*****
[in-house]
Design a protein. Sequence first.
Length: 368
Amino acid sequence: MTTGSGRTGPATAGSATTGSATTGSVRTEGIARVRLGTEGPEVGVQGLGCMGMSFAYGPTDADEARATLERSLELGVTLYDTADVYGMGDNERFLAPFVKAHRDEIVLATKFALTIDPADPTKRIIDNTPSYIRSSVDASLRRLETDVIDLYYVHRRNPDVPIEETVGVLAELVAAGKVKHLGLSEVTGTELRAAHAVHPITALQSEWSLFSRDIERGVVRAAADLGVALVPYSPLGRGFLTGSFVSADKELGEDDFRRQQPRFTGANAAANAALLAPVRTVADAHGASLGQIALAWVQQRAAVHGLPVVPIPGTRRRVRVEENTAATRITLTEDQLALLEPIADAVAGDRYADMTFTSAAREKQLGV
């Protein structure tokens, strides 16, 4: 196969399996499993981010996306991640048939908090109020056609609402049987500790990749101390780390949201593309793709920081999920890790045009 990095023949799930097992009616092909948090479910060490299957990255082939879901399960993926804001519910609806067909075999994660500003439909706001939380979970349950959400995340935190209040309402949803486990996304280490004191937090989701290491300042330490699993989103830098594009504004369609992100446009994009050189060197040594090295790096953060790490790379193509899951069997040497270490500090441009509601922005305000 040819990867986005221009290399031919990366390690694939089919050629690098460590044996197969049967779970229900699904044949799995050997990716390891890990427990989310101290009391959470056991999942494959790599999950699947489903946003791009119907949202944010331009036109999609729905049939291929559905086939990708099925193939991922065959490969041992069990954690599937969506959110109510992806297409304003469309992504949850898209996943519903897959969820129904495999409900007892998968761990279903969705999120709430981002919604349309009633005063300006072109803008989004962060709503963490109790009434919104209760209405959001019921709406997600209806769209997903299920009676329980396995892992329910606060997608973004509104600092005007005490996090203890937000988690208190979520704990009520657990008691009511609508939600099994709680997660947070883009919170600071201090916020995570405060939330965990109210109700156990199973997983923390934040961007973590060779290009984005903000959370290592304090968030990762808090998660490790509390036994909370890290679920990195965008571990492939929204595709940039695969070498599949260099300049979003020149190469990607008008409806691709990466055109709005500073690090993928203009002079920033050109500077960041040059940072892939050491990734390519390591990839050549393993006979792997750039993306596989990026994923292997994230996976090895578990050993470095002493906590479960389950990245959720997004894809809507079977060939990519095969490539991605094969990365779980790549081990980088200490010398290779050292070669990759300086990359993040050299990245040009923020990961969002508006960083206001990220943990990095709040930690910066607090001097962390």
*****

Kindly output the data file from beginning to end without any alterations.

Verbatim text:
[in-house]
Design a protein. Sequence first.
Length: 368
Amino acid sequence: MTTGSGRTGPATAGSATTGSATTGSVRTEGIARVRLGTEGPEVGVQGLGCMGMSFAYGPTDADEARATLERSLELGVTLYDTADVYGMGDNERFLAPFVKAHRDEIVLATKFALTIDPADPTKRIIDNTPSYIRSSVDASLRRLETDVIDLYYVHRRNPDVPIEETVGVLAELVAAGKVKHLGLSEVTGTELRAAHAVHPITALQSEWSLFSRDIERGVVRAAADLGVALVPYSPLGRGFLTGSFVSADKELGEDDFRRQQPRFTGANAAANAALLAPVRTVADAHGASLGQIALAWVQQRAAVHGLPVVPIPGTRRRVRVEENTAATRITLTEDQLALLEPIADAVAGDRYADMTFTSAAREKQLGV
């Protein structure tokens, strides 16, 4: 196969399996499993981010996306991640048939908090109020056609609402049987500790990749101390780390949201593309793709920081999920890790045009 990095023949799930097992009616092909948090479910060490299957990255082939879901399960993926804001519910609806067909075999994660500003439909706001939380979970349950959400995340935190209040309402949803486990996304280490004191937090989701290491300042330490699993989103830098594009504004369609992100446009994009050189060197040594090295790096953060790490790379193509899951069997040497270490500090441009509601922005305000 040819990867986005221009290399031919990366390690694939089919050629690098460590044996197969049967779970229900699904044949799995050997990716390891890990427990989310101290009391959470056991999942494959790599999950699947489903946003791009119907949202944010331009036109999609729905049939291929559905086939990708099925193939991922065959490969041992069990954690599937969506959110109510992806297409304003469309992504949850898209996943519903897959969820129904495999409900007892998968761990279903969705999120709430981002919604349309009633005063300006072109803008989004962060709503963490109790009434919104209760209405959001019921709406997600209806769209997903299920009676329980396995892992329910606060997608973004509104600092005007005490996090203890937000988690208190979520704990009520657990008691009511609508939600099994709680997660947070883009919170600071201090916020995570405060939330965990109210109700156990199973997983923390934040961007973590060779290009984005903000959370290592304090968030990762808090998660490790509390036994909370890290679920990195965008571990492939929204595709940039695969070498599949260099300049979003020149190469990607008008409806691709990466055109709005500073690090993928203009002079920033050109500077960041040059940072892939050491990734390519390591990839050549393993006979792997750039993306596989990026994923292997994230996976090895578990050993470095002493906590479960389950990245959720997004894809809507079977060939990519095969490539991605094969990365779980790549081990980088200490010398290779050292070669990759300086990359993040050299990245040009923020990961969002508006960083206001990220943990990095709040930690910066607090001097962390």